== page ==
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How the virus will affect China’s retail sector

by Antoaneta Becker
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Fresh food

Jack Porteous from cross-border e-commerce company Samarkand Global examines how the Covid-19 pandemic will affect Chinas retail sector, from even faster e-commerce growth to a rising focus on healthy living

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Acceleration of new technology in e-commerce

Some argue that SARS sowed the early seeds of much of the e-commerce innovation that came in its aftermath. JD nearly closed down after its stores, originally to be found in shopping malls, nearly lost all their customers. Shortly after the virus ended they launched JD.com, which is now one of the largest online retailers in the world. This time around, we can expect some experimental and under-used technologies to be rolled out more quickly – notably drone use in logistics, but also potentially online user experience solutions. Innovations such as virtual dressing rooms, ‘magic mirror’ style make-up previews, and user-friendly personalisation solutions for products will be rolled out quicker than had been intended.

Luxury spend starts to move in-market, and online

Chinese nationals make up one-third of global luxury spend, with this billed to rise to 40% by 2025. Yet only 9% of global luxury sales happen in Mainland China, and currently, only 10% of these sales are completed online. This means that, until now, most of that spending had been done overseas, in stores. In combination with falling tariffs and more global luxury brands having a presence on Chinese platforms, we will likely see a behavioural shift. Luxury consumers will commit more easily to purchasing products online while they can’t travel, and their local Burberry or Gucci store is closed. Brands that offer a good online service will be able to turn this phenomenon into a permanent shift in their customer journey.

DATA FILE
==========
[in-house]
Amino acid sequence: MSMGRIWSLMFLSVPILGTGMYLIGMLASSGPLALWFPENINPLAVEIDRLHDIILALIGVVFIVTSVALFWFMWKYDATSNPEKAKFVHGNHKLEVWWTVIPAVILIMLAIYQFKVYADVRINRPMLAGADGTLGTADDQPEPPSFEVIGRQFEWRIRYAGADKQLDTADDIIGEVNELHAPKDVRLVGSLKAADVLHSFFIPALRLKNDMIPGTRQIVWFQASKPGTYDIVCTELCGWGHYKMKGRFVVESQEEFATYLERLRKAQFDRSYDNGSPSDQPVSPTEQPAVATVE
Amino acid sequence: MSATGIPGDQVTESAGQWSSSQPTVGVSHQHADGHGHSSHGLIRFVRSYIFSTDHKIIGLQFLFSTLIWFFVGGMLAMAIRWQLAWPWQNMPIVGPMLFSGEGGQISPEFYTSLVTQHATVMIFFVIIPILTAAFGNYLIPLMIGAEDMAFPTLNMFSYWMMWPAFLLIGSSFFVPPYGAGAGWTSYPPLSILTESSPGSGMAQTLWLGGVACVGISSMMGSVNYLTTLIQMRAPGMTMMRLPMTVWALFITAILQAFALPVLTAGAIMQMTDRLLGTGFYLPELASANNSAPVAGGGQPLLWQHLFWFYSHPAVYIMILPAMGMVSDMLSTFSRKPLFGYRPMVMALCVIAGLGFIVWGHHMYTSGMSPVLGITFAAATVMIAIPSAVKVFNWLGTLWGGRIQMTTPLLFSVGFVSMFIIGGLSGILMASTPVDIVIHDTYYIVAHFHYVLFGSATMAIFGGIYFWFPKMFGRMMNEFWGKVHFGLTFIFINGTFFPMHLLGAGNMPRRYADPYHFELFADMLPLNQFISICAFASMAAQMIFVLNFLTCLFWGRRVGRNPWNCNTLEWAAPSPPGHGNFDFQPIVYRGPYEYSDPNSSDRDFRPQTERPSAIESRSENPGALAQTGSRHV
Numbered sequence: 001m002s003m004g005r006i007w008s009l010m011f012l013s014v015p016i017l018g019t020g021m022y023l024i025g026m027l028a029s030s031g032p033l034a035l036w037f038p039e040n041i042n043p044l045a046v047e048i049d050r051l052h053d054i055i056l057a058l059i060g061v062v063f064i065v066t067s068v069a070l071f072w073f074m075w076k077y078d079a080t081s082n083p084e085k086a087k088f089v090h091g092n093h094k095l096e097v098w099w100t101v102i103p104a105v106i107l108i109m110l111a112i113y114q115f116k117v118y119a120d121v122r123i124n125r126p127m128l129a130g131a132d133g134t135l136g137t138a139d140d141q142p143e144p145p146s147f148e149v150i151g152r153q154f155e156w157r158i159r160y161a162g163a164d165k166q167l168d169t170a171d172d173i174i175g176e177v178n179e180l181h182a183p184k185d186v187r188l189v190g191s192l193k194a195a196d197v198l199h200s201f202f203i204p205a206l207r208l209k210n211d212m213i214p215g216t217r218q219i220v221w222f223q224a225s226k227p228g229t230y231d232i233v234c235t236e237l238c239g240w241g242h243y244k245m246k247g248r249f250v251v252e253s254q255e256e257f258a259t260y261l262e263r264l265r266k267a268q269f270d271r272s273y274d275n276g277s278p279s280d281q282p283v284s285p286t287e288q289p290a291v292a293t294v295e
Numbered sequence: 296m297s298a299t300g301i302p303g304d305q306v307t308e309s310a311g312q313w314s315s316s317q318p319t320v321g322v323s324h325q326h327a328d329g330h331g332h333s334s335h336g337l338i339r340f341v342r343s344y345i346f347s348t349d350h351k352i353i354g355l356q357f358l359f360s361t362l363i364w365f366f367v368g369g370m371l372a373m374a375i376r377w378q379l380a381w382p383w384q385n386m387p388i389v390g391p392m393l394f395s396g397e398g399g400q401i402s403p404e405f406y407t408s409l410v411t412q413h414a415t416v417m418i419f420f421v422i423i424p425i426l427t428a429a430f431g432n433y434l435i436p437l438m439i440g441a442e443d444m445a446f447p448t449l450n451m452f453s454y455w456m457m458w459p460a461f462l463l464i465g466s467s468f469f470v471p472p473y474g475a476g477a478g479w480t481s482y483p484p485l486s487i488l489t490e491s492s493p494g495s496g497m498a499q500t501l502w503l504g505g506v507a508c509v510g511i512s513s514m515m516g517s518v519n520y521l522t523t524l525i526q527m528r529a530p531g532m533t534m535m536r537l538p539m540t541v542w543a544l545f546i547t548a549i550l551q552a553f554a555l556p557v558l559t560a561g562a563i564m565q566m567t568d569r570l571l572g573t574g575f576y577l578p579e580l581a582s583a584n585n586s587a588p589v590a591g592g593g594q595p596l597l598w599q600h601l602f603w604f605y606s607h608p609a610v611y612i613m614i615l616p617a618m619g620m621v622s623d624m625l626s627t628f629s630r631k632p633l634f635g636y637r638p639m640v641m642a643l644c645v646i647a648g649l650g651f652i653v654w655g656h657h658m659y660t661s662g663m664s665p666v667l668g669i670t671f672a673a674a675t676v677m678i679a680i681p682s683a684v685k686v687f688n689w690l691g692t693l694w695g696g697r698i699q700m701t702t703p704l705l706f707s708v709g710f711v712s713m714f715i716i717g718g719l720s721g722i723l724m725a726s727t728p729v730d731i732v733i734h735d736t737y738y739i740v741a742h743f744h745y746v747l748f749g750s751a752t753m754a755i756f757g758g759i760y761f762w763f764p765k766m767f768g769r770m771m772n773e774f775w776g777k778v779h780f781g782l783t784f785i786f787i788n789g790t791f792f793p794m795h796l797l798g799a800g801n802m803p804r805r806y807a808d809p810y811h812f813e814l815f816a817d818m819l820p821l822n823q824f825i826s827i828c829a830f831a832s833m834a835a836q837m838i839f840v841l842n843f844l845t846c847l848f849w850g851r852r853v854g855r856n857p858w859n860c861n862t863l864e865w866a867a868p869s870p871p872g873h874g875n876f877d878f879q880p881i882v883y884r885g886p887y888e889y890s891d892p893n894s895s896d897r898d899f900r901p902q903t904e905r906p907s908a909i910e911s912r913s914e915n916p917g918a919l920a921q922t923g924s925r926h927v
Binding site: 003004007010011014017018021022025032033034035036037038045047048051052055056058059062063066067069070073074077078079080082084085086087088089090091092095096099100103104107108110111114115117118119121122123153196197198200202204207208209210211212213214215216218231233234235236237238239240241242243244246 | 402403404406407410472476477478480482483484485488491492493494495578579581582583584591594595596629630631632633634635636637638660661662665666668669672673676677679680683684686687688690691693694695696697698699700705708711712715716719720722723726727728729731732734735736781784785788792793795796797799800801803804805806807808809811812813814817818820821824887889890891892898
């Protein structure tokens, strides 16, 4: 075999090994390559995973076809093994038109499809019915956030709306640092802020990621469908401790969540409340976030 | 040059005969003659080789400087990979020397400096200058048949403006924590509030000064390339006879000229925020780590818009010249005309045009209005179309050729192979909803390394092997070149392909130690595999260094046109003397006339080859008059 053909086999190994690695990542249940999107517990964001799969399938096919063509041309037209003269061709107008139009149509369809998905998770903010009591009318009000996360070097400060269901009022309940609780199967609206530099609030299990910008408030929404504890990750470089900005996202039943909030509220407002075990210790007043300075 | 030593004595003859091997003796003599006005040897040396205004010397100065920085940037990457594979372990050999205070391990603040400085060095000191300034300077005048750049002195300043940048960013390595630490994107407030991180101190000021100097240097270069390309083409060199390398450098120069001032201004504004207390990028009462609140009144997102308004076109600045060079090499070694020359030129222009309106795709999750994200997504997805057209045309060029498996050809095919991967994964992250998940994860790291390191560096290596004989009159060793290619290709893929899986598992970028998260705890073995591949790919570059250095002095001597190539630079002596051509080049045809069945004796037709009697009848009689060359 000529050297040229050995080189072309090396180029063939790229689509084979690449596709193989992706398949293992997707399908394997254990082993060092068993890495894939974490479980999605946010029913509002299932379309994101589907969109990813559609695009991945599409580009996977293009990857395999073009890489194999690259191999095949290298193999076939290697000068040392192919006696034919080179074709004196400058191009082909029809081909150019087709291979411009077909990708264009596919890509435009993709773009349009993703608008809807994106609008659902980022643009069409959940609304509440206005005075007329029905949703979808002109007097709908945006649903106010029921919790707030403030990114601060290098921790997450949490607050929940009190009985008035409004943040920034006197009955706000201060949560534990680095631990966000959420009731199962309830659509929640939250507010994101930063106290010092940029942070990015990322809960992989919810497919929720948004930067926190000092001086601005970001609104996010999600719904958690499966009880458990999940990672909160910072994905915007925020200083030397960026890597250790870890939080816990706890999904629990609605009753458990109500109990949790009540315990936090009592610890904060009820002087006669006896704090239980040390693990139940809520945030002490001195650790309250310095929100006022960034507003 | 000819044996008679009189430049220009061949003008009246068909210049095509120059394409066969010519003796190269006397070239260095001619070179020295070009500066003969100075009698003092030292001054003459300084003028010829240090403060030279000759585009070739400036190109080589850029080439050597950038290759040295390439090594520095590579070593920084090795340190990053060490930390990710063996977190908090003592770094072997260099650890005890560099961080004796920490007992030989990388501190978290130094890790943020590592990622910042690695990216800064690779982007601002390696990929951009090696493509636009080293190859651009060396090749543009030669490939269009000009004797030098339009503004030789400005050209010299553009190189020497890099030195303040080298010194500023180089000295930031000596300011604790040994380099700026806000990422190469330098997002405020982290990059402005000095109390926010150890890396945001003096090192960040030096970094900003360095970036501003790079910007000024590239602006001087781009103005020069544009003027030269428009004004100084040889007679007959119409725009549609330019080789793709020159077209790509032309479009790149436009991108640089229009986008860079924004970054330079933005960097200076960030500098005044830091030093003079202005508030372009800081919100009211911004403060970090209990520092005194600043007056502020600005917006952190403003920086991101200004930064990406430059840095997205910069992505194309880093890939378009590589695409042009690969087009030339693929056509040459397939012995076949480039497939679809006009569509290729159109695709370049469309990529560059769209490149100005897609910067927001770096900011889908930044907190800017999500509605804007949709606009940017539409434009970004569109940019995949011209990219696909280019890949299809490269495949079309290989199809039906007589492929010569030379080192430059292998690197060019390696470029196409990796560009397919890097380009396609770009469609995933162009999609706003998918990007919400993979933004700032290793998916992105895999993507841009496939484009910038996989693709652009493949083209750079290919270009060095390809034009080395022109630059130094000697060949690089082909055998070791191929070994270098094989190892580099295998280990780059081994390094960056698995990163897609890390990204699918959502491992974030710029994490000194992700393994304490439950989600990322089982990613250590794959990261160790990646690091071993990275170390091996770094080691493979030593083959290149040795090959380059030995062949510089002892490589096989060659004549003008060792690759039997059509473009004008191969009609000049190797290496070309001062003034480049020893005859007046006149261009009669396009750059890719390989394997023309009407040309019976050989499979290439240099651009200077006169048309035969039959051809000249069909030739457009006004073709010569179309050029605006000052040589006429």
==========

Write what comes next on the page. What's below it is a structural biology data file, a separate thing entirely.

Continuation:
Focus on healthy living

Already a firmly established trend in 2019, and expected to continue into 2020, the COVID-19 health scare will almost certainly sharpen the focus of many Chinese consumers on healthy living. Home exercise has become common. Shanghai’s local government has even rolled-out online videos starring Olympic champions to motivate people to stay fit while stuck inside. Expect to see increased demand for nutritional supplements, healthy food and snacks, and sports and fitness equipment and accessories, as well as products which improve the hygiene of your home environment – for example air purifiers, domestic cleaning products, and healthtech products.

A nation of chefs

Social media platform Douyin has been bursting with content of people showing off their newly-honed culinary skills. With so much time at home, people have been getting experimental in the kitchen. A new nation of amateur chefs could see this hobby becoming more common, creating greater opportunities for homeware, and food and drink brands.

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